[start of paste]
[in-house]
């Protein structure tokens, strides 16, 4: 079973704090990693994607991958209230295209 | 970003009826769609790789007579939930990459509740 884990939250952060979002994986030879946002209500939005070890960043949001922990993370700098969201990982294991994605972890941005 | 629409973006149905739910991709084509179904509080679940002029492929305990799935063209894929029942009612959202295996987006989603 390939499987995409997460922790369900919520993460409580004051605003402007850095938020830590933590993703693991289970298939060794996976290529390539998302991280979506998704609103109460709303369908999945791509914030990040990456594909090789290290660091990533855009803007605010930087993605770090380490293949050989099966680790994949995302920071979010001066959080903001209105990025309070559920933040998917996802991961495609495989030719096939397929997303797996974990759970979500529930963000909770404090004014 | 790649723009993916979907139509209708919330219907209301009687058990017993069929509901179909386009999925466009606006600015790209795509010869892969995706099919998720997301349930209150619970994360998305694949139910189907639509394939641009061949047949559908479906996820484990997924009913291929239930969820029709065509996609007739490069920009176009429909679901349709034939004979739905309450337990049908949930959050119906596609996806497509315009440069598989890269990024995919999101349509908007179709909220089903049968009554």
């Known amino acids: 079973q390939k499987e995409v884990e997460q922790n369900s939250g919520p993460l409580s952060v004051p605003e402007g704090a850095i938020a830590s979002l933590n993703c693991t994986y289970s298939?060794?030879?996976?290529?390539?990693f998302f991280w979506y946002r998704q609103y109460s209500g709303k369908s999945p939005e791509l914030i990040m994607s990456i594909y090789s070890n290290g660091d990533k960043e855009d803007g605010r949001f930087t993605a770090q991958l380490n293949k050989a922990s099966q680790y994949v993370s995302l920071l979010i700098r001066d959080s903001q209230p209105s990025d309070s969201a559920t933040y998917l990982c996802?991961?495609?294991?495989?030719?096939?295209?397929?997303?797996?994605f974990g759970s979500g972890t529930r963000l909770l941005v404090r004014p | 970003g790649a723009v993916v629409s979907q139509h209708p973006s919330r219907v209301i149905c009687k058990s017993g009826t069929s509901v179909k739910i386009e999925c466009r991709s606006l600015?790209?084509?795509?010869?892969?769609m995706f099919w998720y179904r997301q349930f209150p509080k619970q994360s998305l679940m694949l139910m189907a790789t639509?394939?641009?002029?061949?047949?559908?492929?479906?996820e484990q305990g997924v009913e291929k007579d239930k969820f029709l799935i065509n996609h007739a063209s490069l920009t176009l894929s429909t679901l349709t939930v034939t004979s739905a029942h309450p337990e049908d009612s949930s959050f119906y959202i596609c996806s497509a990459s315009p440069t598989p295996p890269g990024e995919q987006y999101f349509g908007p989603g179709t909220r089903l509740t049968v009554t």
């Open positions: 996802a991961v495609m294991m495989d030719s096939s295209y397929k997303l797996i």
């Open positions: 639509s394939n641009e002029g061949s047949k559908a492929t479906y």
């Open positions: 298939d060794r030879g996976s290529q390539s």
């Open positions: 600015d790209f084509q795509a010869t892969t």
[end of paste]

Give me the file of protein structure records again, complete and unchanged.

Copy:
[in-house]
């Protein structure tokens, strides 16, 4: 079973704090990693994607991958209230295209 | 970003009826769609790789007579939930990459509740 884990939250952060979002994986030879946002209500939005070890960043949001922990993370700098969201990982294991994605972890941005 | 629409973006149905739910991709084509179904509080679940002029492929305990799935063209894929029942009612959202295996987006989603 390939499987995409997460922790369900919520993460409580004051605003402007850095938020830590933590993703693991289970298939060794996976290529390539998302991280979506998704609103109460709303369908999945791509914030990040990456594909090789290290660091990533855009803007605010930087993605770090380490293949050989099966680790994949995302920071979010001066959080903001209105990025309070559920933040998917996802991961495609495989030719096939397929997303797996974990759970979500529930963000909770404090004014 | 790649723009993916979907139509209708919330219907209301009687058990017993069929509901179909386009999925466009606006600015790209795509010869892969995706099919998720997301349930209150619970994360998305694949139910189907639509394939641009061949047949559908479906996820484990997924009913291929239930969820029709065509996609007739490069920009176009429909679901349709034939004979739905309450337990049908949930959050119906596609996806497509315009440069598989890269990024995919999101349509908007179709909220089903049968009554």
């Known amino acids: 079973q390939k499987e995409v884990e997460q922790n369900s939250g919520p993460l409580s952060v004051p605003e402007g704090a850095i938020a830590s979002l933590n993703c693991t994986y289970s298939?060794?030879?996976?290529?390539?990693f998302f991280w979506y946002r998704q609103y109460s209500g709303k369908s999945p939005e791509l914030i990040m994607s990456i594909y090789s070890n290290g660091d990533k960043e855009d803007g605010r949001f930087t993605a770090q991958l380490n293949k050989a922990s099966q680790y994949v993370s995302l920071l979010i700098r001066d959080s903001q209230p209105s990025d309070s969201a559920t933040y998917l990982c996802?991961?495609?294991?495989?030719?096939?295209?397929?997303?797996?994605f974990g759970s979500g972890t529930r963000l909770l941005v404090r004014p | 970003g790649a723009v993916v629409s979907q139509h209708p973006s919330r219907v209301i149905c009687k058990s017993g009826t069929s509901v179909k739910i386009e999925c466009r991709s606006l600015?790209?084509?795509?010869?892969?769609m995706f099919w998720y179904r997301q349930f209150p509080k619970q994360s998305l679940m694949l139910m189907a790789t639509?394939?641009?002029?061949?047949?559908?492929?479906?996820e484990q305990g997924v009913e291929k007579d239930k969820f029709l799935i065509n996609h007739a063209s490069l920009t176009l894929s429909t679901l349709t939930v034939t004979s739905a029942h309450p337990e049908d009612s949930s959050f119906y959202i596609c996806s497509a990459s315009p440069t598989p295996p890269g990024e995919q987006y999101f349509g908007p989603g179709t909220r089903l509740t049968v009554t």
């Open positions: 996802a991961v495609m294991m495989d030719s096939s295209y397929k997303l797996i």
């Open positions: 639509s394939n641009e002029g061949s047949k559908a492929t479906y």
């Open positions: 298939d060794r030879g996976s290529q390539s």
């Open positions: 600015d790209f084509q795509a010869t892969t």